Taken from the Chronicle and Echo.
MORE than six years have passed since Far Cotton was devastated by the massive floods that swamped parts of Northamptonshire and the neighbourhood has struggled to recover since. People have long felt the area is a forgotten outpost of Northampton, with few community facilities apart from a rundown library Now eight years after a group of them decided to do something about it, Far Cotton will finally get what it has been crying out for - a £1.25 mil lion new community centre. The go-ahead was given last week for the two-storey complex to be built on Far Cotton recreation ground in Towcester Road, proving the strength of people power. In Easter 1998 Far Cotton bore the brunt of flood damage in a town that was unprepared when the swollen River Nene broke its banks Numerous streets in Far Cotton were inundated by water and debris and the neighbourhood lost its only doctors surgery and pharmacy, neither of which have been replaced. Georgie Atkinson, a teacher in Far Cotton for 35 years, said: "There have been no real community facilities for a long time. Far Cotton was a forgotten area and when the flood hit, it just made it worse."
Anti-social behaviour, vandalism and crime has also plagued Far Cotton, with police invoking one of the first dispersal orders in Northampton there to break up gangs of trouble-making youths. Indeed Far Cotton was the first place in Northamptonshire to be targeted with government cash that is designed to improve the quality of life in deprived areas and bring it up to standard with better-off neighbourhoods. However when Far Cotton was struck by the floodwaters, the single regeneration budget money had to be spent on decontaminating land affected by the floods rather than anything else. The Southern Quarter Redevelopment Group (SQRG) was formed between three residents' associations in Far Cotton and nearby Briar Hill and Gloucester Avenue, individuals and councilors to try to reverse the situation. The group began lobbying
Northampton Borough Council, Northamptonshire County Council and the Northamptonshire Primary Care Trust for money and land for a community centre. After meetings and surveys with people living all over Far Cotton, they went to a Northamptonshire firm of architects, GSS Architecture, who help design projects from community groups and charities on a pro bono basis as part of their "Pro Help" programme (see side column). Once the public had made it clear what they wanted and architects had drawn up designs, SQRG had to try to secure the money to pay for it all from a network of different sources, agencies and councils. Ms Atkinson, who is vice chairman of SQRG, said: "We have spent so much time on this over the years. It has been constant, persistent badgering and a huge worry at times. But people have wanted this at the meetings and in the surveys.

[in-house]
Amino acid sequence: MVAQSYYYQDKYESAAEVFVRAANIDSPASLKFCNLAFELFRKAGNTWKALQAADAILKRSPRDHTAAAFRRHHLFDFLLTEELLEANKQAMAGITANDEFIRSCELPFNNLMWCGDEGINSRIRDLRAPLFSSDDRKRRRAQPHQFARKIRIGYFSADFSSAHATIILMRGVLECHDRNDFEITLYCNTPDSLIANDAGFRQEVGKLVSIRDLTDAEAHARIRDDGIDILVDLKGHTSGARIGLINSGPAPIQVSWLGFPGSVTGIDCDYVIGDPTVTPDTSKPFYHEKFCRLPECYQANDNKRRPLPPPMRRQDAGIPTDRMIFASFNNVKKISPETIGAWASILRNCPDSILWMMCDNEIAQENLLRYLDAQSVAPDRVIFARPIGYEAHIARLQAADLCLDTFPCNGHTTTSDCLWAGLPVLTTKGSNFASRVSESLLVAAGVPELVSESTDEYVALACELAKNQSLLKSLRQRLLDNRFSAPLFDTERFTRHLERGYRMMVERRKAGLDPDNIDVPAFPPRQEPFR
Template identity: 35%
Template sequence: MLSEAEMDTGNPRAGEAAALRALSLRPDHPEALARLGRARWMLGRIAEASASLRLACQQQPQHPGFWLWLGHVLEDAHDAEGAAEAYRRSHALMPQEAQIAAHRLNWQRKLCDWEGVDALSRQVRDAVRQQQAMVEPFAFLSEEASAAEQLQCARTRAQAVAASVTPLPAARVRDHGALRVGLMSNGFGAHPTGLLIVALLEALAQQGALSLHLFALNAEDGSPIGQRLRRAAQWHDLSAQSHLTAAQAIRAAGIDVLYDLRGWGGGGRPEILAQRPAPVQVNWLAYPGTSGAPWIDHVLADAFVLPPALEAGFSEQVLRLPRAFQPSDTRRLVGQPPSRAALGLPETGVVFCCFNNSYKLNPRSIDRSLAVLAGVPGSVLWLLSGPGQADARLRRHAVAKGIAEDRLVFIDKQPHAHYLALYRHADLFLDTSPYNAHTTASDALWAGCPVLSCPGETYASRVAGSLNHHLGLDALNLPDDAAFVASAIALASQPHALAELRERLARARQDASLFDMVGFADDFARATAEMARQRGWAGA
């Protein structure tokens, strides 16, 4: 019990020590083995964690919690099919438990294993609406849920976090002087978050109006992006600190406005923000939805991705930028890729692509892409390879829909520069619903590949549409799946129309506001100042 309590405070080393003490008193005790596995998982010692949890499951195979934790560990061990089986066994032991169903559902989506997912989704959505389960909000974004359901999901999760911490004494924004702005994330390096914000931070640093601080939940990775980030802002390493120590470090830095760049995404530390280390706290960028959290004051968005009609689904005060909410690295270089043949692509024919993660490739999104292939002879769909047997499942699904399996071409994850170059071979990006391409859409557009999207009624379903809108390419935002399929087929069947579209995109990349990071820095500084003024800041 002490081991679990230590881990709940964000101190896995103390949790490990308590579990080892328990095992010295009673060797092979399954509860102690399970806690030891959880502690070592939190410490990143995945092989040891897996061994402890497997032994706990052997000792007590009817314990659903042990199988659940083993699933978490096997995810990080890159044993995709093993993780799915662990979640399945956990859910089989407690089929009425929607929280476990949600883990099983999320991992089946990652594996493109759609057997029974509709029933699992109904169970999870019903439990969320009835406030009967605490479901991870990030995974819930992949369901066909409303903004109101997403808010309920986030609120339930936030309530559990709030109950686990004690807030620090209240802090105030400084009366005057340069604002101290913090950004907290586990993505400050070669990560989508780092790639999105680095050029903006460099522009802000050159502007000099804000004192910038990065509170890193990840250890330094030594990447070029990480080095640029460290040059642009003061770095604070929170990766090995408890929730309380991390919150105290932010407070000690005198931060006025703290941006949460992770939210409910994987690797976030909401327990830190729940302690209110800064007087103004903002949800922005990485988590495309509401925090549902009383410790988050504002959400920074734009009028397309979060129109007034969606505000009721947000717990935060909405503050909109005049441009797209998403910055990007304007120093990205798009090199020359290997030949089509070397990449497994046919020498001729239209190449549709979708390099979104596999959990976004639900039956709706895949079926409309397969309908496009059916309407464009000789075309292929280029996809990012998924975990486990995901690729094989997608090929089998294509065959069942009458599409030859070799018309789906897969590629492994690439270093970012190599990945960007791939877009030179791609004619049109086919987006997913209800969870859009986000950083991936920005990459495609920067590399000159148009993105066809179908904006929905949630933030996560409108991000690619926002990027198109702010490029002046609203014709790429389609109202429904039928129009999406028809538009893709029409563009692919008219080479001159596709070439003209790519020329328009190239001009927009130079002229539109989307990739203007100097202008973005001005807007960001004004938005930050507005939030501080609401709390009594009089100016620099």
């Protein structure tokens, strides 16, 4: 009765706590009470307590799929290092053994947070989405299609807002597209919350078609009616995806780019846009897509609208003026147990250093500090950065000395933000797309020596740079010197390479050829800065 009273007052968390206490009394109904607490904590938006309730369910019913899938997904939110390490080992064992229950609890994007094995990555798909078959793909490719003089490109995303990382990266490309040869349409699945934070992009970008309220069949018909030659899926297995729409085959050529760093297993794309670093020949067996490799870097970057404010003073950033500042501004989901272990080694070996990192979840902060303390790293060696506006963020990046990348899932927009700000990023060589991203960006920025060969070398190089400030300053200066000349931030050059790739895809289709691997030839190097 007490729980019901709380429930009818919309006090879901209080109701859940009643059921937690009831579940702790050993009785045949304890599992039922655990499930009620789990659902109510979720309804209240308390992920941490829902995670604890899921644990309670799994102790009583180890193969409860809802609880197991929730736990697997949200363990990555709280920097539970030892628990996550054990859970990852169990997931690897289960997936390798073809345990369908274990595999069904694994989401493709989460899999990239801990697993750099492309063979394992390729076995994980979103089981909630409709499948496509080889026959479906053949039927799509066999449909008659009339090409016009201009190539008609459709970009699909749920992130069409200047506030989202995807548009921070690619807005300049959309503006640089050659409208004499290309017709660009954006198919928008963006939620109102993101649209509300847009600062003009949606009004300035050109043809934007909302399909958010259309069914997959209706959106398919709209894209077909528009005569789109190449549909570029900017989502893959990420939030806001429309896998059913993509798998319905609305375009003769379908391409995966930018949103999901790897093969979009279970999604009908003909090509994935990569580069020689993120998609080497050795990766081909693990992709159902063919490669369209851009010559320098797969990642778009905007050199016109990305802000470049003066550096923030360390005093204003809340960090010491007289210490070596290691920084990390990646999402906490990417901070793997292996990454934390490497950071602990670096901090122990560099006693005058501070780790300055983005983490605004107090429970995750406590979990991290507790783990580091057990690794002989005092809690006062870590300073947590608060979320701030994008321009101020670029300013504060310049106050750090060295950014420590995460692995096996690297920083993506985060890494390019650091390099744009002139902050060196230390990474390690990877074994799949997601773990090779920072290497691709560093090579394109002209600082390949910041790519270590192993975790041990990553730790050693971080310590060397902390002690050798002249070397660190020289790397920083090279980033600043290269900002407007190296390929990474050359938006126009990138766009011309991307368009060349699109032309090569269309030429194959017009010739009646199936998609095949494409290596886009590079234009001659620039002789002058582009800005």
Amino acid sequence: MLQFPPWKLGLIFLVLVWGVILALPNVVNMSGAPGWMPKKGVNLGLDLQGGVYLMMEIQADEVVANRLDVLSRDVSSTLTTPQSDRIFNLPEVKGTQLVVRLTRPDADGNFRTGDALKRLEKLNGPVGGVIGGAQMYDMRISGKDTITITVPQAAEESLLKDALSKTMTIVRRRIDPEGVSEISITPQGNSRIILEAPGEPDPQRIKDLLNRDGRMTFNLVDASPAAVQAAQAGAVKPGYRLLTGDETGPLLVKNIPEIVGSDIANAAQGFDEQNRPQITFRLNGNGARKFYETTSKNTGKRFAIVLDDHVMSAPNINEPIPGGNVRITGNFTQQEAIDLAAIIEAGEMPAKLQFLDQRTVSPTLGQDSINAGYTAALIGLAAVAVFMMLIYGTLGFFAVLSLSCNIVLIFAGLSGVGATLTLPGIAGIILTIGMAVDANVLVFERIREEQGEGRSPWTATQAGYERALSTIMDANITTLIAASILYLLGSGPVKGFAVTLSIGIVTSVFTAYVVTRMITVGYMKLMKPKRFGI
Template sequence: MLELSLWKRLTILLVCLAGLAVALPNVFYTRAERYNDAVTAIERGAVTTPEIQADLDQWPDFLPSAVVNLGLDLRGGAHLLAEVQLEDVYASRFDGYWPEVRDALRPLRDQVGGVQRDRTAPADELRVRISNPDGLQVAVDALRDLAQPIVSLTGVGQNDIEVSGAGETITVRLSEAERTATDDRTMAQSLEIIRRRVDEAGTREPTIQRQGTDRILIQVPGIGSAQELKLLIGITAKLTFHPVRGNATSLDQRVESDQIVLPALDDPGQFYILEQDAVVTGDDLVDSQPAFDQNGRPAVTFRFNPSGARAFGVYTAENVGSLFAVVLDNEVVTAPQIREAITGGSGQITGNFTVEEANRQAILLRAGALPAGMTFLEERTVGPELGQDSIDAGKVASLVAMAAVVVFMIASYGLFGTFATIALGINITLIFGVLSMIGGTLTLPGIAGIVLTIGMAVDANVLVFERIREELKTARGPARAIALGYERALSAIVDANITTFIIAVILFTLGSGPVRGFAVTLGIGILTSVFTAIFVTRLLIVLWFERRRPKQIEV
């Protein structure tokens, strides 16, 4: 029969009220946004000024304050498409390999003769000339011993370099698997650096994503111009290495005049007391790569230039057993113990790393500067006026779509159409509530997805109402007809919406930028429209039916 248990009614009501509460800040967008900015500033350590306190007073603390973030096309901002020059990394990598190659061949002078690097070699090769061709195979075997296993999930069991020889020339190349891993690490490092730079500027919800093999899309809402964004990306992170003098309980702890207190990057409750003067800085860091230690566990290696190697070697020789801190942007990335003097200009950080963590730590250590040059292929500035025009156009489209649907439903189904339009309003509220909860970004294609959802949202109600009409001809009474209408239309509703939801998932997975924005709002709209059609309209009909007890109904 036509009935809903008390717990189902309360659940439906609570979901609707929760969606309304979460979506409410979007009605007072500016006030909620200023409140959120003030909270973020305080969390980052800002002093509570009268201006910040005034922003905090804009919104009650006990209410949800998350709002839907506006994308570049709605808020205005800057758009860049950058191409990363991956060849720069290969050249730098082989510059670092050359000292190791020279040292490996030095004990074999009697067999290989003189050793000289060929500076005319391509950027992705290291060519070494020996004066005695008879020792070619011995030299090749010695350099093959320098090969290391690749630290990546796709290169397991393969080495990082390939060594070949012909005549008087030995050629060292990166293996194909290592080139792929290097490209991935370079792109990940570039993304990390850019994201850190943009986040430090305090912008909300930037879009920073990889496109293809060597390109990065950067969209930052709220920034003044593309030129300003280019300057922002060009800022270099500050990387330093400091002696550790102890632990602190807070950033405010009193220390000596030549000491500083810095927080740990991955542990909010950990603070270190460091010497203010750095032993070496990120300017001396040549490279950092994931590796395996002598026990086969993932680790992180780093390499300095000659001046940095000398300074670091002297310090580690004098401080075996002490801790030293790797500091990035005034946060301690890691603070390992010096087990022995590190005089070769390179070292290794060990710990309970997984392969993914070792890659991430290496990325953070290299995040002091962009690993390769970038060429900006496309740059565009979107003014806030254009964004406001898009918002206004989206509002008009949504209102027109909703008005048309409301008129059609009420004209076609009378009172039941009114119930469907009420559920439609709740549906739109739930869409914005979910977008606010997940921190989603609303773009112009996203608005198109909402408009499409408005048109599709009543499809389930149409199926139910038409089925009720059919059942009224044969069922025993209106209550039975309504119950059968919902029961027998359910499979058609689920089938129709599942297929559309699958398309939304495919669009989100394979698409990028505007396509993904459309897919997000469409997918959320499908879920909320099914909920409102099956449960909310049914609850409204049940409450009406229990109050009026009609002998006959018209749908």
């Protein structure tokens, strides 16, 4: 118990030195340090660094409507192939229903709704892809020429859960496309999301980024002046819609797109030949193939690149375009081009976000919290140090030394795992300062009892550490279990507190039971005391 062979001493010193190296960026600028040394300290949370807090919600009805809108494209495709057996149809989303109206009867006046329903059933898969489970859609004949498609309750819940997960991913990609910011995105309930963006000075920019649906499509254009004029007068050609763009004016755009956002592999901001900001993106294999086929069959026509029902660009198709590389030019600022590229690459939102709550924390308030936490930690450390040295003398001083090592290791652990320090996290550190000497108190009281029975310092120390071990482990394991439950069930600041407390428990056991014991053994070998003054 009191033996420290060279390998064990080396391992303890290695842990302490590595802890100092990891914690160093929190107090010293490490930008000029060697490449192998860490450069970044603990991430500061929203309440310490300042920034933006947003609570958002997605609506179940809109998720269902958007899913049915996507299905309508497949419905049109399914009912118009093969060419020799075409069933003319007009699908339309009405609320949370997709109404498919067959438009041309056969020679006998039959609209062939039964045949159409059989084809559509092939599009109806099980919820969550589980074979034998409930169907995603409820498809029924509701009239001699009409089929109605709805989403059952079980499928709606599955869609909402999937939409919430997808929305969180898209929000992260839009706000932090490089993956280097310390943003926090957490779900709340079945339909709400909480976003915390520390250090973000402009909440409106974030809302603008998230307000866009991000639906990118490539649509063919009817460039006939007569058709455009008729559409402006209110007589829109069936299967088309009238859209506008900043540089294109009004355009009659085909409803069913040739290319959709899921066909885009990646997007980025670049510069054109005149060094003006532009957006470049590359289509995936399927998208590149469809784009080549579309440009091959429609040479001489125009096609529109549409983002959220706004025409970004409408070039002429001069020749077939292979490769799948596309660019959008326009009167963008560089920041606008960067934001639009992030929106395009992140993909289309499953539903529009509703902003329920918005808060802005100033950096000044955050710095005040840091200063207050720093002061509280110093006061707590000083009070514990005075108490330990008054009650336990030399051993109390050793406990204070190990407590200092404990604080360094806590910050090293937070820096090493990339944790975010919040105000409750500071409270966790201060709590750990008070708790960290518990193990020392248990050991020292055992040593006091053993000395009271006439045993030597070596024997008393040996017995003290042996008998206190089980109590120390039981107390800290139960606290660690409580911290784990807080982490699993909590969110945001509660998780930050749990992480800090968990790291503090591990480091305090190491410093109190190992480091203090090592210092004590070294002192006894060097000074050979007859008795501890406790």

"There are no worries that the building will not be very busy. There is so much demand that it will be heavily used by people." Rounds of grant applications and negotiations eventually yielded the land and cash to finally give Far Cotton the facilities the neighbourhood desperately needs. The new community centre, which will be built on top of vandalised, unattractive public toilets on the Towcester Road recreation ground, will house a new library with computer and internet equipment, sports facilities and changing rooms, medical services, a pharmacy, a cafe. Councillor Phil Larratt (Con, East Hunsbury), the leader of the borough council which put up the land, said: "The plans for the centre originate from the community itself so it is great to be giving the people what they want." To pay for the new library, the county council has offered £750,000 and Councillor Peter Dixon, the cabinet member for libraries, (Lab, Kingsley) said: "This will make a real difference to the community in Far Cotton and Delapre." A further £500,000 has been secured from the East Midlands Development Agency, as well as £200,000 from Northamptonshire Partnerships and £25,000 from the JR Bedford Arts Foundation.
Mary Burrow, chief executive at Northampton Primary Care Trust, said that Far Cotton's new medical facilities would "build on the success at Kings Heath and we hope to have more of these projects in the future". The money will also be used to refurbish the old arts block at Delapre Primary School so it can be used for cultural and educational classes, such as drama, dance and academic study. Since planning permission was granted earlier this month, building work will now start in February 2005 so the new centre can be completed and opened by September next year. Unfortunately success in seeing through people-powered community projects is rare due, in no small part, to the length of time it takes. The eight years spent trying to give Far Cotton much needed community facilities is not unusual. Ms Atkinson said: "Once facilities are up and running, we can think of ways of engaging young people in the area so hopefully vandalism and anti-social behaviour is reduced." Indeed Roy Connell, chairman of the Far Cotton residents' association, probably echoed many people's thoughts when he said: "We are just looking forward to the day we can walk through the front door."
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